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The discursive pathway of two centuries of raciolinguistic stereotyping: ‘Africans as incapable of speaking French’

  • Cécile B. Vigouroux (a1)


This article is about the discursive pathway of grammatical structures such as y'a bon ‘there's good’, documenting how, in Hexagonal France, it has become an ‘enregistered emblem’ for indexing sub-Saharan Africans and, by extension, any African as allegedly incapable of speaking French competently. I argue that tracing pathways makes it possible to unveil the intricacy of the historicities of production, circulation, and interpretations of such racially based linguistic stereotypes. One of the central questions addressed in this article is: What are the sociohistorical conditions of the emergence and maintenance of these linguistic stereotypes? I show that these are grounded in long-standing linguistic ideologies of French as an exceptional language and of African languages and, therefore, their speakers, as primitive. I demonstrate how the rise of first age mass culture in the nineteenth century contributed to both the entextualization and the circulation of these stereotypical representations. (Stereotypes, mediatization, enregisterment, language ideology, France, Africa)*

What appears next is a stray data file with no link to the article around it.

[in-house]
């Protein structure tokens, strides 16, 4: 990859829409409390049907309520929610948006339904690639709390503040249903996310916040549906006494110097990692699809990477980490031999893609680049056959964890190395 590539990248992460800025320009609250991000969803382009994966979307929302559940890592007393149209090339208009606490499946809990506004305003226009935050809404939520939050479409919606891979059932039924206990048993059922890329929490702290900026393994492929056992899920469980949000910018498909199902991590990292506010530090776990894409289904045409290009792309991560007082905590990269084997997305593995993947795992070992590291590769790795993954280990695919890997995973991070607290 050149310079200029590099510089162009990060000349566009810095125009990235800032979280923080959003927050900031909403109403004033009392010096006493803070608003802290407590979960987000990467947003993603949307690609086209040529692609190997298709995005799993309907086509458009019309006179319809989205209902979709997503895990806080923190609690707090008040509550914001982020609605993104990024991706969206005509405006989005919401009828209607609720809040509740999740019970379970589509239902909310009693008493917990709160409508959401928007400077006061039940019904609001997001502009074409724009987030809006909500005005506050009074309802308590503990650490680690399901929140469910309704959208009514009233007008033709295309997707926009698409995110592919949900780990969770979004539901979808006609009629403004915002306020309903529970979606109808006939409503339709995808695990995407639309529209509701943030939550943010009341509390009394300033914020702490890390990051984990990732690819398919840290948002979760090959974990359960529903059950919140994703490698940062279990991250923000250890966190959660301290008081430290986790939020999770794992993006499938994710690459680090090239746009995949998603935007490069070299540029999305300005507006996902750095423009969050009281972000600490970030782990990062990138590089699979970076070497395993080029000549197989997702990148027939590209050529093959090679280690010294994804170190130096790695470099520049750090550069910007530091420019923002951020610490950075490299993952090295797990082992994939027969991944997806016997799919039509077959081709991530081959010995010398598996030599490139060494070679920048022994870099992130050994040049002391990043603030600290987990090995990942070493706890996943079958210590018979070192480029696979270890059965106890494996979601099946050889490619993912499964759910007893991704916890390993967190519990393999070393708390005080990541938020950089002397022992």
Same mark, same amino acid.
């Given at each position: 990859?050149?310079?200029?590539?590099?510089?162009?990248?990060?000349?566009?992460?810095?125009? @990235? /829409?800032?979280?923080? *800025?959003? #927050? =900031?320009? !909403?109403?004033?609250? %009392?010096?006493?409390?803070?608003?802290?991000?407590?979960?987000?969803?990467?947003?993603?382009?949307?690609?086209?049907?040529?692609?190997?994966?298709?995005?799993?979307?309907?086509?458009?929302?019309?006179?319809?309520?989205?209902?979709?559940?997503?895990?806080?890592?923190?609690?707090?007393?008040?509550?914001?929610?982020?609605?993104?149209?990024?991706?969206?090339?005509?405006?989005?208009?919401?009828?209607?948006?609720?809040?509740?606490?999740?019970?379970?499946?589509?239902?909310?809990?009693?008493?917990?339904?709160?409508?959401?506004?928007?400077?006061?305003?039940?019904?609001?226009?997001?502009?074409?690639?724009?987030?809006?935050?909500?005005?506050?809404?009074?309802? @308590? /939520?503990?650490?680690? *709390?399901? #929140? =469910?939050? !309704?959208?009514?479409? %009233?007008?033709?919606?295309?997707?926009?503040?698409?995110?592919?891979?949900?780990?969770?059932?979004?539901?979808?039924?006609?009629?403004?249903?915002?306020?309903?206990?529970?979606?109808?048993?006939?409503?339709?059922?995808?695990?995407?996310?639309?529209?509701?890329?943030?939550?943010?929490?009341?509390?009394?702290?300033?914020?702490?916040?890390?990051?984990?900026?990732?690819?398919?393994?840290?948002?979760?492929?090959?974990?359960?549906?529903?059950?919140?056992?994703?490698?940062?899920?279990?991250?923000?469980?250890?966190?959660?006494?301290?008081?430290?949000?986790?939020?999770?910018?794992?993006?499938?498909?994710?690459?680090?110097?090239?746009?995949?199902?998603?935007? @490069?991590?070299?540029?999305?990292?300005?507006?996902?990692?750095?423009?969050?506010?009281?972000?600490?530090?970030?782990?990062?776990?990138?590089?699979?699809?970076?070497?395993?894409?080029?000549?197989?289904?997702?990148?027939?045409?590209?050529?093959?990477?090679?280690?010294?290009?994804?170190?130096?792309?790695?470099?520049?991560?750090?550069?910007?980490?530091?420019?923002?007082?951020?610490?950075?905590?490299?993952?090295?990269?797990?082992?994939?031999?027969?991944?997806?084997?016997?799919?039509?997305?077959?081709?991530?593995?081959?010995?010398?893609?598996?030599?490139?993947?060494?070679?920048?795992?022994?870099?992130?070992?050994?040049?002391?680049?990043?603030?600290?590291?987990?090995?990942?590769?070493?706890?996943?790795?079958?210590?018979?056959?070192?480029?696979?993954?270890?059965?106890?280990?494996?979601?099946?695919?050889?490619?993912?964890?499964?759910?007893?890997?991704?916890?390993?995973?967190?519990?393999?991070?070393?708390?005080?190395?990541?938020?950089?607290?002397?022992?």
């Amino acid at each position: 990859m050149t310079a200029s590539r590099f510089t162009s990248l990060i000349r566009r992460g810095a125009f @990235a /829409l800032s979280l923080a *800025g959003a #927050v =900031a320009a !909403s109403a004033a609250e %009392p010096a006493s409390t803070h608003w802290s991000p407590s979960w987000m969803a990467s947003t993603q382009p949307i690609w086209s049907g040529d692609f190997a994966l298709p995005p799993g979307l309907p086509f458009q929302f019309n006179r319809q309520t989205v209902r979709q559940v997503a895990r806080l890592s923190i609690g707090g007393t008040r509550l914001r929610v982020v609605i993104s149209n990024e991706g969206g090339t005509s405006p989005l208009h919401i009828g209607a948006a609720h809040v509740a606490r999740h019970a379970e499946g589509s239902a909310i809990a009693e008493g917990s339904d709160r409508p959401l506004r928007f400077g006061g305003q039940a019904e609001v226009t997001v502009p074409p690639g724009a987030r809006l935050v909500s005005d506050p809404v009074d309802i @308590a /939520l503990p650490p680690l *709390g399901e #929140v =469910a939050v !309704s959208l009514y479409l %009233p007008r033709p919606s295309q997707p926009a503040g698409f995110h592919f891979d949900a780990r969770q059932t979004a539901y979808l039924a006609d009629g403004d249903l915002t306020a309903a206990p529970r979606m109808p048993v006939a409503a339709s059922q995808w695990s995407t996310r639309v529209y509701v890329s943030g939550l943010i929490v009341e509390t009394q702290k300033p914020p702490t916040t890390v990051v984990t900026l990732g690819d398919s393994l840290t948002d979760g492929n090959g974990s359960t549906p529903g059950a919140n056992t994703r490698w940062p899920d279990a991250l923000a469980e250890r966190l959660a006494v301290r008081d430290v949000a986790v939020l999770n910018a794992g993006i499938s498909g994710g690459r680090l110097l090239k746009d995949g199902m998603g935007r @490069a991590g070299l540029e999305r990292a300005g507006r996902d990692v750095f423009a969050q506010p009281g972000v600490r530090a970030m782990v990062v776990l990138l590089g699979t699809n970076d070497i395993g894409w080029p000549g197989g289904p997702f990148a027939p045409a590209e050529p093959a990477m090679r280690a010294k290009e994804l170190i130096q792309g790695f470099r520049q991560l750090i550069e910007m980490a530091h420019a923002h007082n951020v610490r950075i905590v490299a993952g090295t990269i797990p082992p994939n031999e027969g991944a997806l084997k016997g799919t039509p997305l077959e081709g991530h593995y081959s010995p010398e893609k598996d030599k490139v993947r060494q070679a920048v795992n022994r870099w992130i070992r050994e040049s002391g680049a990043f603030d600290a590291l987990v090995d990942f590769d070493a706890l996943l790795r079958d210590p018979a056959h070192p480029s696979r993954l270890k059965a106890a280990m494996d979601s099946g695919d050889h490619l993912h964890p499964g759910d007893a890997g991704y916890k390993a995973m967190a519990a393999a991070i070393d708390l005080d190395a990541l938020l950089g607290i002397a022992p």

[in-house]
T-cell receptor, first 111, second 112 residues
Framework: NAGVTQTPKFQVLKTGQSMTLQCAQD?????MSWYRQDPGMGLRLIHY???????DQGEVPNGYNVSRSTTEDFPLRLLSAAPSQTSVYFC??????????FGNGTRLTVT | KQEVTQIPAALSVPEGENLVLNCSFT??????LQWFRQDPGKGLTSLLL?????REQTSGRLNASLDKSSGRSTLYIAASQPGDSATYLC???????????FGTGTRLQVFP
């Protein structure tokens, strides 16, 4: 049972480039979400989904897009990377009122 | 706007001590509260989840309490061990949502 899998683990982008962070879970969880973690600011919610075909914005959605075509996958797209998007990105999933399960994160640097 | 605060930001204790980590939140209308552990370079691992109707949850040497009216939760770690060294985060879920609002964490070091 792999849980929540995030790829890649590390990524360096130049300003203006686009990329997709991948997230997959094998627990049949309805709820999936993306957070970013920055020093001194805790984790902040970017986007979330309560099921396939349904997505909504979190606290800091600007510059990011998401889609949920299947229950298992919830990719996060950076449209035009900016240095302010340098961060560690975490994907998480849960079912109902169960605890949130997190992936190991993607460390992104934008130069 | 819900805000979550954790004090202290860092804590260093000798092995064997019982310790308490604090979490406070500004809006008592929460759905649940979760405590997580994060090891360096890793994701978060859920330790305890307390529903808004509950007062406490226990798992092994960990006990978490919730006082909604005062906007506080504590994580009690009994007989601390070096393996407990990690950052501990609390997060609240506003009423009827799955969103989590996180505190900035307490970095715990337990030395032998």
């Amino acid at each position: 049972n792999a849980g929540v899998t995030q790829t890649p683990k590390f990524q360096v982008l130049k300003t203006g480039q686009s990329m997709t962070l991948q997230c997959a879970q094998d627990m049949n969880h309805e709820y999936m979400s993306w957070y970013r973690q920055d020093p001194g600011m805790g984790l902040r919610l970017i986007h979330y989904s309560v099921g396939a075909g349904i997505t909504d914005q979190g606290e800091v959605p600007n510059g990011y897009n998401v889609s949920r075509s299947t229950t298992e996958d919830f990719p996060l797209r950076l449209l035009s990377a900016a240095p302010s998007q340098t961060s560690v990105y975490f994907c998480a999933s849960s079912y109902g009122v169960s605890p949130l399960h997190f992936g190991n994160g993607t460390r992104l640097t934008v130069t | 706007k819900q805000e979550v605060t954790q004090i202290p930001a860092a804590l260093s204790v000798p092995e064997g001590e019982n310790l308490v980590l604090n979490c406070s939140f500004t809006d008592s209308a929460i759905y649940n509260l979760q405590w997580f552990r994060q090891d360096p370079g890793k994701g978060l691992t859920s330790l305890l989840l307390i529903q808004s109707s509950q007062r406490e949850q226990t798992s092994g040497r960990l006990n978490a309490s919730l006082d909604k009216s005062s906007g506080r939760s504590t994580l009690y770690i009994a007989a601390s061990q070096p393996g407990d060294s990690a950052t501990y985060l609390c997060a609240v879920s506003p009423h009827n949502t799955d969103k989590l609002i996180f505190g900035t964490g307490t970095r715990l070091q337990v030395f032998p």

Corresponding author

Address for correspondence: Cécile B. Vigouroux Simon Fraser University, Department of French, 8888 University Drive, Burnaby British Columbia V5A1S6, Canada


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* I would like to express my gratitude to Adrienne Lo and Joseph Sung-Yul Park as well as Angela Reyes and the anonymous reviewer of Language in Society for their constructive comments that helped me strengthen my arguments. I am solely responsible for the remaining shortcomings.



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The discursive pathway of two centuries of raciolinguistic stereotyping: ‘Africans as incapable of speaking French’

  • Cécile B. Vigouroux (a1)


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